Leaving a comment on a blog post should be simple process. Trouble is that’s often not the case!
As a blogger you need to make it really easy for your readers to leave comments. Unfortunately many bloggers don’t realise their blog’s settings hamper the commenting process. So let me share my comment pet peeves to help you make it easier for your readers to comment (this post was inspired by Claire Thompson’s excellent Comment Pet Peeve post).
# 1 Registered Users Only Allowed to Comment
The words “You must log in to post a comment” means the blogger is only allowing registered users of the blog to comment i.e. each user must be manually as a user (using the User Tab) for them to be able to comment.
There are probably some valid reasons why bloggers have their blog set to only registered users of your blog allowed to comment. But for a reader it’s really frustrating when you know you can add to the conversation but you can’t leave a comment.
This will happen if you tick Users must be registered and logged in to comment in your General Options Tab. Don’t use this setting if you want anyone to be able to comment!
#2 Only allow people with Blogger or Google accounts to comment
Blogger makes it really easy for people who use Blogger to leave comments but harder for people who use other blogging platforms.
Why? Well when I leave a comment I want to link my name to my blog so people can easily check it out if they want to.
The default setting when you set up a blog with Blogger is only allow people with Blogger or Google accounts to comment. If you use this setting it means when I leave a comment my name is linked to my blogger blog (which I don’t want it to) and I have to manually add my blog name under my comment using HTML.
Claire’s Comment Pet Peeve post explains how to change your setting in blogger to allow anyone to comment.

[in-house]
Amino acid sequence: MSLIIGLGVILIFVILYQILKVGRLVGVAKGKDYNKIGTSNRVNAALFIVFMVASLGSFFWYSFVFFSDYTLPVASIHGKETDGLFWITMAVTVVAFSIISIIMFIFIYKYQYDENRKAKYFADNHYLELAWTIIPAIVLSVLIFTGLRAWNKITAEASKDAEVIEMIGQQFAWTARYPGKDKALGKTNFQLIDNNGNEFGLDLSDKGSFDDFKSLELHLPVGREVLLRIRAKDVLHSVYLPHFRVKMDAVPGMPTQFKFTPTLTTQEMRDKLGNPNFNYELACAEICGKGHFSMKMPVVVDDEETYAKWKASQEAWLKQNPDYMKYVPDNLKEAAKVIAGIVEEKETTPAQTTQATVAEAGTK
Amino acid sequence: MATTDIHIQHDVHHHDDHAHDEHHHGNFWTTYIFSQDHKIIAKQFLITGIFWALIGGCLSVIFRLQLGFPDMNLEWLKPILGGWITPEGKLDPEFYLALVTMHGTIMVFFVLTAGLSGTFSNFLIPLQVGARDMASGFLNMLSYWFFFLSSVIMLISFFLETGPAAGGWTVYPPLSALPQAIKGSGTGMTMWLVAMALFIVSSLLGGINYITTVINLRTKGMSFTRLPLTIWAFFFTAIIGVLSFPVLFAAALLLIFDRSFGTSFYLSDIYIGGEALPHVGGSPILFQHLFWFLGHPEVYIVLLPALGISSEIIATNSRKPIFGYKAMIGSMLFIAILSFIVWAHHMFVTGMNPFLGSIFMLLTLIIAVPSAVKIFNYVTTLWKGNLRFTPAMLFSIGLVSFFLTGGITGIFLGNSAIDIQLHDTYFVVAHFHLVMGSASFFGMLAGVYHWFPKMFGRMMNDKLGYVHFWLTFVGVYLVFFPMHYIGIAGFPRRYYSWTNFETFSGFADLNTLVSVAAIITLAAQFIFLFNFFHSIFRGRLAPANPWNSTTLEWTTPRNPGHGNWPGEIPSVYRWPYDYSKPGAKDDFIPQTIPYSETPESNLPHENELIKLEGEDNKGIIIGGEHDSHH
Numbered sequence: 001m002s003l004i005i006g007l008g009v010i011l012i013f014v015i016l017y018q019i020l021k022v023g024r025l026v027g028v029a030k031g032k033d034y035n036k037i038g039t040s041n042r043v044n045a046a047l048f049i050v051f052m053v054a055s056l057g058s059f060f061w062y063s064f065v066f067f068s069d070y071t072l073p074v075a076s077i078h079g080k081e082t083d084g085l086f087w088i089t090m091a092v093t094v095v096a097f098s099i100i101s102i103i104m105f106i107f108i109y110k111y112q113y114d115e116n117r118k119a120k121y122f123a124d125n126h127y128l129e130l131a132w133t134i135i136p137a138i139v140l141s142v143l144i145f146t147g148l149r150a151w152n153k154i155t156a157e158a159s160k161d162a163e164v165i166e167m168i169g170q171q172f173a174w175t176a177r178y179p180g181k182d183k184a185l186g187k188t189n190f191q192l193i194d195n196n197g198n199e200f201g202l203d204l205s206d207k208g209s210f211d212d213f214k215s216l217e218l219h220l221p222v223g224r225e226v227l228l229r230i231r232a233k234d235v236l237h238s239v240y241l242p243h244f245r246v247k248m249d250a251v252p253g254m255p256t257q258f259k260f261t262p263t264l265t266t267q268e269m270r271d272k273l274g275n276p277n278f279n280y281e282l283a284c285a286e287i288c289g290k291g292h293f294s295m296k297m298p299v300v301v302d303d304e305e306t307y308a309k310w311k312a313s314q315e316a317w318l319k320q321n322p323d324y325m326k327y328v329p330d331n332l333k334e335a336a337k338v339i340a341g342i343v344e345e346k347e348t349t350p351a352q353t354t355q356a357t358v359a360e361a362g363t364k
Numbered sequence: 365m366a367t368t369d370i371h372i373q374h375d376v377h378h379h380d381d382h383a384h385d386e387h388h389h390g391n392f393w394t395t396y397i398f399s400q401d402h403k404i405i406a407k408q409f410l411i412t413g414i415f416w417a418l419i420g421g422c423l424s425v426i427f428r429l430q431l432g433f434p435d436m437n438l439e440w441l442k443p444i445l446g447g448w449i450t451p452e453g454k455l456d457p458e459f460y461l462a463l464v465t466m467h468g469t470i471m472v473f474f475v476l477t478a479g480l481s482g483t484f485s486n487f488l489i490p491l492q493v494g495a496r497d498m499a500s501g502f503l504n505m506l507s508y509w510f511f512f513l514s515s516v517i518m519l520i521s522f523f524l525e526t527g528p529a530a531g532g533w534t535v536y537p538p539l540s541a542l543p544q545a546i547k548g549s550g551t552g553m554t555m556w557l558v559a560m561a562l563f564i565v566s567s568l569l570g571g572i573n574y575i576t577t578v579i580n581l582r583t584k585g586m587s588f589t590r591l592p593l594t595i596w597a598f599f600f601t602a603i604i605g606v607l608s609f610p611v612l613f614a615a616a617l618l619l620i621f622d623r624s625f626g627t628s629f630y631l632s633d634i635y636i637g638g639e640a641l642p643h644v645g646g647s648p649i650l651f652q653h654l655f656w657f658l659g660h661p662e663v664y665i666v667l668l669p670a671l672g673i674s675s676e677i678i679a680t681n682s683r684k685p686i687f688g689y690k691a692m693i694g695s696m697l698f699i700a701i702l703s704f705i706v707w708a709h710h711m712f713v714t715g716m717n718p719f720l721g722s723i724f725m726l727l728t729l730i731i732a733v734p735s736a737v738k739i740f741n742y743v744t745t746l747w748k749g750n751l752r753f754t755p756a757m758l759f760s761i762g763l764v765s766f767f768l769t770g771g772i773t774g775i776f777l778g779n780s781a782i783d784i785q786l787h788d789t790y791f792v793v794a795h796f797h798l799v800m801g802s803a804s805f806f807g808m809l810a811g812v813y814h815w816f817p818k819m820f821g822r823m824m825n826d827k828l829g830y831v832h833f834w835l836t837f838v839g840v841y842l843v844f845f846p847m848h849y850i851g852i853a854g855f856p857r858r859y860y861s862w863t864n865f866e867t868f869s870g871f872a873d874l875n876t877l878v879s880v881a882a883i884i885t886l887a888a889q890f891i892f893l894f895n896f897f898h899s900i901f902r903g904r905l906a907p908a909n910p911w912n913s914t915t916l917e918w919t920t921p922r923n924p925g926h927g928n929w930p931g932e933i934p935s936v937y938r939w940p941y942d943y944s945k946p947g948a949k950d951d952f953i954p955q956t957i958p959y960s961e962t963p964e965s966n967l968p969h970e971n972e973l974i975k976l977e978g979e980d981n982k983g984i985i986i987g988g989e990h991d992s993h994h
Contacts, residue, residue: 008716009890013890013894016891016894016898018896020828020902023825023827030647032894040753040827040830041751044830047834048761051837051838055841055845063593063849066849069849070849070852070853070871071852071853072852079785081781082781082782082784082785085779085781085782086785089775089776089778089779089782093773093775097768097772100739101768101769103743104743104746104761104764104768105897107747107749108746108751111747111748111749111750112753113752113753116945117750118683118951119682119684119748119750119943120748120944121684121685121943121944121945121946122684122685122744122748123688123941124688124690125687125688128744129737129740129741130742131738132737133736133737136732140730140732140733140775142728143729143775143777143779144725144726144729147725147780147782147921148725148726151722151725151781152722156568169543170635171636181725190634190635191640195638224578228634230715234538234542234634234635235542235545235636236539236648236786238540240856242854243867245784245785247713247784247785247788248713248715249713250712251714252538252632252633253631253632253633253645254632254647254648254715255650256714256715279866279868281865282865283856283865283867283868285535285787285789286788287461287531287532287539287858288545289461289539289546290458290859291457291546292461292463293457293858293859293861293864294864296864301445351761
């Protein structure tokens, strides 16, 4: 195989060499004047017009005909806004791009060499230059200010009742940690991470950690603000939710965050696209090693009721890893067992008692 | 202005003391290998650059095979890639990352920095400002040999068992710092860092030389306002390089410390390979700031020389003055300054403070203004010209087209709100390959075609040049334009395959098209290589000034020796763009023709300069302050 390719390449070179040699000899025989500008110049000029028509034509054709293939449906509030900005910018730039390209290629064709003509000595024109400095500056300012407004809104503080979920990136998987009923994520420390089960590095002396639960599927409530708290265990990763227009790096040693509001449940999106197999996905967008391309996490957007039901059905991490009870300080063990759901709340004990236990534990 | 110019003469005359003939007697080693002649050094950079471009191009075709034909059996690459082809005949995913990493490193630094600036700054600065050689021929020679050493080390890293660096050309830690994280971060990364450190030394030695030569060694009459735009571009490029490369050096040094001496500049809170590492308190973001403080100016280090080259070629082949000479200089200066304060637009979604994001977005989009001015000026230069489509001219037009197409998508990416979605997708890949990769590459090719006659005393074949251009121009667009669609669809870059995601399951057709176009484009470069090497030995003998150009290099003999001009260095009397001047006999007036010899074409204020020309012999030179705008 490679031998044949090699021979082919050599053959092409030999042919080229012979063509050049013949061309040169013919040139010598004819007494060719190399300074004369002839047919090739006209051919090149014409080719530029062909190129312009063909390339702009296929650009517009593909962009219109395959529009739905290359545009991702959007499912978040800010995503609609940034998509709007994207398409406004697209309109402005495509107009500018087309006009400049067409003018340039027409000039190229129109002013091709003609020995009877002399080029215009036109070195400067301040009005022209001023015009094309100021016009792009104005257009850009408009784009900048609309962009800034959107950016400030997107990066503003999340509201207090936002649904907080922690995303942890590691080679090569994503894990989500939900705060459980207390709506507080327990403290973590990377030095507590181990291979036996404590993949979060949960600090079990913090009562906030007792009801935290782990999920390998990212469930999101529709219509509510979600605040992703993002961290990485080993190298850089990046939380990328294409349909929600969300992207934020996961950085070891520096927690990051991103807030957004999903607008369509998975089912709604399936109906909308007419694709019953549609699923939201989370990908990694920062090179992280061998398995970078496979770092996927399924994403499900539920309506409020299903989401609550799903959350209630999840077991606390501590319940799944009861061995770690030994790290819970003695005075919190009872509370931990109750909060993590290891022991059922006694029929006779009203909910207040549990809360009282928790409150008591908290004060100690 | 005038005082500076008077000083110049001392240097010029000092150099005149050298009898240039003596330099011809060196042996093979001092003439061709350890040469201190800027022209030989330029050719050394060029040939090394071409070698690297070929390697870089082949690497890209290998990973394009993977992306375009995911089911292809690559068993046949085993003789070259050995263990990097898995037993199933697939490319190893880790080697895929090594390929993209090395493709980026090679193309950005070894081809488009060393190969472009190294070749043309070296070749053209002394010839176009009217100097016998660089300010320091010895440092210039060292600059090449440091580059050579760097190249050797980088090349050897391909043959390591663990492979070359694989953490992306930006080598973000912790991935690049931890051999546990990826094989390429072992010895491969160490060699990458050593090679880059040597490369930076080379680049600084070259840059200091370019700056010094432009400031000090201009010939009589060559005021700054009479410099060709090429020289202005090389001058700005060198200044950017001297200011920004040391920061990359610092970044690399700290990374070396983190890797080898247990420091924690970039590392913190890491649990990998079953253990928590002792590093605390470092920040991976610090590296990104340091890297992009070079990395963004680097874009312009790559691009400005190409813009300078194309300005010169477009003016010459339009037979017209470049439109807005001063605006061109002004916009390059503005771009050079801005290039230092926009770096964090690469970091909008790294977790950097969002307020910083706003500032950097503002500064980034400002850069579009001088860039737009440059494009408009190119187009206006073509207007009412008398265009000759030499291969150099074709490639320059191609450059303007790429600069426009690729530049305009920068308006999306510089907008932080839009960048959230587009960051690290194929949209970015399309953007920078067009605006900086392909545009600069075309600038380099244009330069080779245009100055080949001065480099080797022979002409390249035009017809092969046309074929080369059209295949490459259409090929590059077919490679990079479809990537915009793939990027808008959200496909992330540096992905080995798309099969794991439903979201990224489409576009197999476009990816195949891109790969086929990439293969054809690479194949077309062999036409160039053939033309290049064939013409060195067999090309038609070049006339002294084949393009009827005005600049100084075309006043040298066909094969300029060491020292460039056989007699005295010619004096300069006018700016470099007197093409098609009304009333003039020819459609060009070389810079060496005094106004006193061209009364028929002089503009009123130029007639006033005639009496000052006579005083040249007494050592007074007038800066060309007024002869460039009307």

Have to say my other peeve with blogger is most other blogging platforms remember your user information if you’ve previously posted a comment on that blog but blogger doesn’t unless you use blogger. Which means each time I have to add my name and blog URL.
#3 Comment Moderation
Comment moderation means your comment must be approved by the blogger before the comment is displayed. I’m not a fan of comment moderation because:
- Occasionally I get caught out and aren’t sure if the comment is being moderated or it’s failed to post
- Slows down the conversation and if several readers post comments at the same time you have no idea what the others have said
While there are some valid reasons for moderating comments in most circumstances my personal belief is it’s better not to moderate comments (UPDATE: Please take the time to read the readers comments as many raised very valid reasons why you would moderate comments).
Edublogs default settings for new blogs is to moderate comments for readers who haven’t commented on your blog previously (once approved further comments by the same reader aren’t moderated).
The image below shows the default settings:
Change default settings so comments aren’t moderated at all by:
- On your blog dashboard, go to Settings > Discussion
- Remove tick from Comment author must have a previously approved comment
- Click Save Changes at bottom of page
While I personally don’t recommend comment moderation on most blogs I think comment moderation (by the teacher) is good practice on student blogs.
These are my main comment pet peeves (except for those anti-spam words that have attitude!). What are your main comment pet peeves? What are your thoughts on comment moderation?
If you are enjoying reading this blog, please consider Subscribing For Free!